While having no retirement savings at 40 may be worrisome for some, the reality is there’s still time to build a generous nest egg. In fact, the return prospects of the FTSE 100 over a 10- or 20-year timeframe can be surprisingly high – especially when dividend reinvestment is factored in.
Since the index currently appears to offer a wide range of high-quality companies with long-term growth potential, now could be the right time to kickstart your retirement plans.
Investing in FTSE 100 shares at age 40 means you’re likely to have a long-term time horizon. Since the State Pension age is set to move to 67 by 2028, even retiring early means you are likely to have at least two decades until you stop working. This provides a significant amount of time to generate a substantial return from the FTSE 100.
Since its inception in 1984, the FTSE 100 has delivered an annualised total return of around 8%. Assuming it produces the same return over the next 20 years, a £1,000 investment in large-cap shares today could be worth as much as £4,660 in two decades’ time.
Moreover, investing regularly in FTSE 100 shares could lead to a significant nest egg over the same time period. For example, investing £300 per month at an 8% annualised return would produce a nest egg of £165,000.
The FTSE 100 could prove useful not only in generating that nest egg for retirement, but also in producing an income in older age. The index currently has a dividend yield of around 4.5%, which is historically high. As well as suggesting the index offers good value for money, it also means it can provide a relatively high passive income in retirement.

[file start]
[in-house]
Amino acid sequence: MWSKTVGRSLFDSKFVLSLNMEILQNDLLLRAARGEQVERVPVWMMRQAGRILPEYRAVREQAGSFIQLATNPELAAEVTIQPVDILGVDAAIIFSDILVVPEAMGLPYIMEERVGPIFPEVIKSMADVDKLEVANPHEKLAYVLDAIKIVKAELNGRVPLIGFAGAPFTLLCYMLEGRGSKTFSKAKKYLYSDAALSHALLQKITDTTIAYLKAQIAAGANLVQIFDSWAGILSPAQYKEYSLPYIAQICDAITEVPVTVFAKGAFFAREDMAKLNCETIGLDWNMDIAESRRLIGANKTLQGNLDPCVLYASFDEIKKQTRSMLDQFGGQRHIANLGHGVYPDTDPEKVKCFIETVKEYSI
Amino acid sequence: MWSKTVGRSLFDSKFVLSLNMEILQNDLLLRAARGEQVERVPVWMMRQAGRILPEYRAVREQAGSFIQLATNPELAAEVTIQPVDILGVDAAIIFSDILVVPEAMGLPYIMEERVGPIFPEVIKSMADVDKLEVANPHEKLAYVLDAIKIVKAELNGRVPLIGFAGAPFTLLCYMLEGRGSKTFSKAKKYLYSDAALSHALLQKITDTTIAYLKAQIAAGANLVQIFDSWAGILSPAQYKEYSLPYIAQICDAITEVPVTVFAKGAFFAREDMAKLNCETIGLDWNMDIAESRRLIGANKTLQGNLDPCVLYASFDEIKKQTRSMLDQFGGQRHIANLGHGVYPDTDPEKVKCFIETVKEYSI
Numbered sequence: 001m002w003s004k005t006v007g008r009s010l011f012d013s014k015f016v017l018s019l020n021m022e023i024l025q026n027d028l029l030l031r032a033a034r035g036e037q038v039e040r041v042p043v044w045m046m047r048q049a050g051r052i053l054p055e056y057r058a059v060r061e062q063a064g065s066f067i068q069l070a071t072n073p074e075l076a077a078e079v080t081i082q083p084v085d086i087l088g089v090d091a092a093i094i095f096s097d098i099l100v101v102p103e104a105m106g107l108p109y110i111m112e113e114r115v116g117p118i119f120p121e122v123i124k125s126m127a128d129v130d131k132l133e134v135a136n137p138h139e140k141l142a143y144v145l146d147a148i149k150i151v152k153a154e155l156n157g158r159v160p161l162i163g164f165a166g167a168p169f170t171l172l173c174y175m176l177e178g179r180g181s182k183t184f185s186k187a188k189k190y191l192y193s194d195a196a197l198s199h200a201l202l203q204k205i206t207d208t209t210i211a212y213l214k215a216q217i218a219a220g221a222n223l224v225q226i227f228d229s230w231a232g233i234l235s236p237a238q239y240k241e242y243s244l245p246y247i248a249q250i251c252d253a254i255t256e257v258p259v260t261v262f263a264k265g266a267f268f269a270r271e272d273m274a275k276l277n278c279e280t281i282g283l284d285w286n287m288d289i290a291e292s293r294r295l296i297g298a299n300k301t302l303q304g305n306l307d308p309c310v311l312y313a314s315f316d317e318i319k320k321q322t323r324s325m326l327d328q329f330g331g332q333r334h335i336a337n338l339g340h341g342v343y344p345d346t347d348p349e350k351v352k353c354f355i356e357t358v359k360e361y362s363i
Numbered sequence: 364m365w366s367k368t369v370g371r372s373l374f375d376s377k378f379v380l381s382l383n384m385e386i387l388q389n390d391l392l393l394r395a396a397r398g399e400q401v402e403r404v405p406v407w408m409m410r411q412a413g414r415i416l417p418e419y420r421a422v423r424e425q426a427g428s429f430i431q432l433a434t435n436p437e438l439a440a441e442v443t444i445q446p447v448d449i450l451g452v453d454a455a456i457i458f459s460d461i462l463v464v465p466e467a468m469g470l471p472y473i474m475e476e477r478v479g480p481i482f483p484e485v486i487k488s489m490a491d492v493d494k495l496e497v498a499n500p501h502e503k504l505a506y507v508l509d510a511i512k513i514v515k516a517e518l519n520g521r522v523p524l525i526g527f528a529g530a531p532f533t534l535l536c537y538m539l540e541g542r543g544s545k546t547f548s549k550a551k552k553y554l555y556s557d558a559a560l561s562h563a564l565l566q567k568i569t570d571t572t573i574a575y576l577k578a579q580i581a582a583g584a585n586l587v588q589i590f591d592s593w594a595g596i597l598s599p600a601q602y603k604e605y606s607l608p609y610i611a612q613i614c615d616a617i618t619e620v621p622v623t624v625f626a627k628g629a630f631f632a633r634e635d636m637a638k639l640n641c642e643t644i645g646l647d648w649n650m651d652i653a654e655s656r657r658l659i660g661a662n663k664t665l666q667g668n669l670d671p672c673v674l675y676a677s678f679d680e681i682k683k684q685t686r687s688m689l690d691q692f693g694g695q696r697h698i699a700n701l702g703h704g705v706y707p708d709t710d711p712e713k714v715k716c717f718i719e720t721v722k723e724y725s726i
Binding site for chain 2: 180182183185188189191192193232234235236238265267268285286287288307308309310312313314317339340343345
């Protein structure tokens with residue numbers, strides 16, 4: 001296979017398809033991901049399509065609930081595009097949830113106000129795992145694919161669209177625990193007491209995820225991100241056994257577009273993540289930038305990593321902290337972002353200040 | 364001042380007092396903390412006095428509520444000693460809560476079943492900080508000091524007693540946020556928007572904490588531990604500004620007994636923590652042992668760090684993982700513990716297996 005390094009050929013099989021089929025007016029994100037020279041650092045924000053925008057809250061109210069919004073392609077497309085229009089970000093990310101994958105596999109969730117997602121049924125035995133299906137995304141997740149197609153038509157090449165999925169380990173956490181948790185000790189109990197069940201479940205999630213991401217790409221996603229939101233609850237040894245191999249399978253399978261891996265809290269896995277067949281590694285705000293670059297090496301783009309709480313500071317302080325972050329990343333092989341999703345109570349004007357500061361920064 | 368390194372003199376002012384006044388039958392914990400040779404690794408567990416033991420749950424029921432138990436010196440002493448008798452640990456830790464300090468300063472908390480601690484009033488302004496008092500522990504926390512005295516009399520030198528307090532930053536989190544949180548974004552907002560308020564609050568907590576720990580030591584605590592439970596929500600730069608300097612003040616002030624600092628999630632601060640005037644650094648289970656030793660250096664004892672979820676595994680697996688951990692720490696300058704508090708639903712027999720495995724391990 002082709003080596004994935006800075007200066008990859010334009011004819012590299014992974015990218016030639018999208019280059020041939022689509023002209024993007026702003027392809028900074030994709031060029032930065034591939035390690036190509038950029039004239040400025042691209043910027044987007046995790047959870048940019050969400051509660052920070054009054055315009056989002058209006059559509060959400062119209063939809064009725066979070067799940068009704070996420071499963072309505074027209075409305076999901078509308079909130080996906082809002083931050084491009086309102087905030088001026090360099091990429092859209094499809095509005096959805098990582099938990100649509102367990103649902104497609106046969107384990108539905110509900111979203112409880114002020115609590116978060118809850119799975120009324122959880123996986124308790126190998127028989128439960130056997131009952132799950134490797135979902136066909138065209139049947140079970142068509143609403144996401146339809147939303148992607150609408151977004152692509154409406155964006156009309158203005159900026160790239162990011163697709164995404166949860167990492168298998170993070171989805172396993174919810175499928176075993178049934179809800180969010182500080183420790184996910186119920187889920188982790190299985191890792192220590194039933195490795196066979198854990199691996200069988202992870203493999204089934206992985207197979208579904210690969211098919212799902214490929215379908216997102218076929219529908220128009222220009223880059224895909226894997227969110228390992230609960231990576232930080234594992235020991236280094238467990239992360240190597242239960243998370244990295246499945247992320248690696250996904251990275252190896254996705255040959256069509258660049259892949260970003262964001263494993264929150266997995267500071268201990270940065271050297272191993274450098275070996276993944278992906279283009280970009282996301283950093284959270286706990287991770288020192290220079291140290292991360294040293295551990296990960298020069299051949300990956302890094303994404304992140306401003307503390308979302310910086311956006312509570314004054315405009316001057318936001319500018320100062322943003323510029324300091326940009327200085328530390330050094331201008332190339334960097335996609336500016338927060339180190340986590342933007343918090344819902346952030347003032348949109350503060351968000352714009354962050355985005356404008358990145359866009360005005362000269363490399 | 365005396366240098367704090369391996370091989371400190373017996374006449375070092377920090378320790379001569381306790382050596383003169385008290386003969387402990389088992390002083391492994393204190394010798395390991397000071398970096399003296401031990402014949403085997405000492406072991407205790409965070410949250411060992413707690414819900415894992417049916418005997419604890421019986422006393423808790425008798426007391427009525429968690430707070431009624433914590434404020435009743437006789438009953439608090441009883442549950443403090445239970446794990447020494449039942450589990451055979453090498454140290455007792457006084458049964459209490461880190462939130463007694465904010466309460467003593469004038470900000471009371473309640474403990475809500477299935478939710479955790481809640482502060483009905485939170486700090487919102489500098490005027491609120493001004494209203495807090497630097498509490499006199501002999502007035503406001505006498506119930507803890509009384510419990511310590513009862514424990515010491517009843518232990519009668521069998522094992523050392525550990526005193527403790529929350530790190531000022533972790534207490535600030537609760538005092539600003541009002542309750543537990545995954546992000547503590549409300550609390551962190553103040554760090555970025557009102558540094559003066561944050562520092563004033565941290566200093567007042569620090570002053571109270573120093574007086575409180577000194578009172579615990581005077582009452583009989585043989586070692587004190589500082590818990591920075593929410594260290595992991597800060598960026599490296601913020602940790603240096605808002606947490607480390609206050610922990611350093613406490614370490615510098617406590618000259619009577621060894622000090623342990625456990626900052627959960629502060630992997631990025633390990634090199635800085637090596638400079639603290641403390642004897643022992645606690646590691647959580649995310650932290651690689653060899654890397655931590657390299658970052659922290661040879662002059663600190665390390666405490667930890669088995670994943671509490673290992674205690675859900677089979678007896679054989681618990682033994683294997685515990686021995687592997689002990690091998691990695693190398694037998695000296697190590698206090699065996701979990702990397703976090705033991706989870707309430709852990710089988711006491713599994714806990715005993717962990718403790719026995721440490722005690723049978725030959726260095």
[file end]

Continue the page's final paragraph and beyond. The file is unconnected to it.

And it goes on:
Using the earlier example, a £165,000 portfolio invested in the FTSE 100 could pay dividends of £7,425 per annum. This could significantly boost your State Pension, and provide greater financial freedom in older age.
In addition, it’s possible to obtain an even higher annual yield through buying FTSE 100 shares with the highest income returns. Since around a quarter of the index currently yields more than 5%, it may be possible to generate a 6% or higher yield per annum, while also obtaining a significant amount of diversification to reduce overall risk.
While it’s easy to panic when you have no savings at age 40, the reality is there’s still time to obtain a worthwhile passive income in retirement to supplement your State Pension. As such, it may be prudent to avoid panicking and instead open a tax-efficient account such as a SIPP or a Stocks and Shares ISA to buy a range of FTSE 100 shares for the long run.
The index may not provide a stable return outlook in the short run. But its high yield and growth potential could help you to retire earlier and enjoy greater financial freedom in older age.
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Peter Stephens has no position in any of the shares mentioned. The Motley Fool UK has no position in any of the shares mentioned. Views expressed on the companies mentioned in this article are those of the writer and therefore may differ from the official recommendations we make in our subscription services such as Share Advisor, Hidden Winners and Pro. Here at The Motley Fool we believe that considering a diverse range of insights makes us better investors.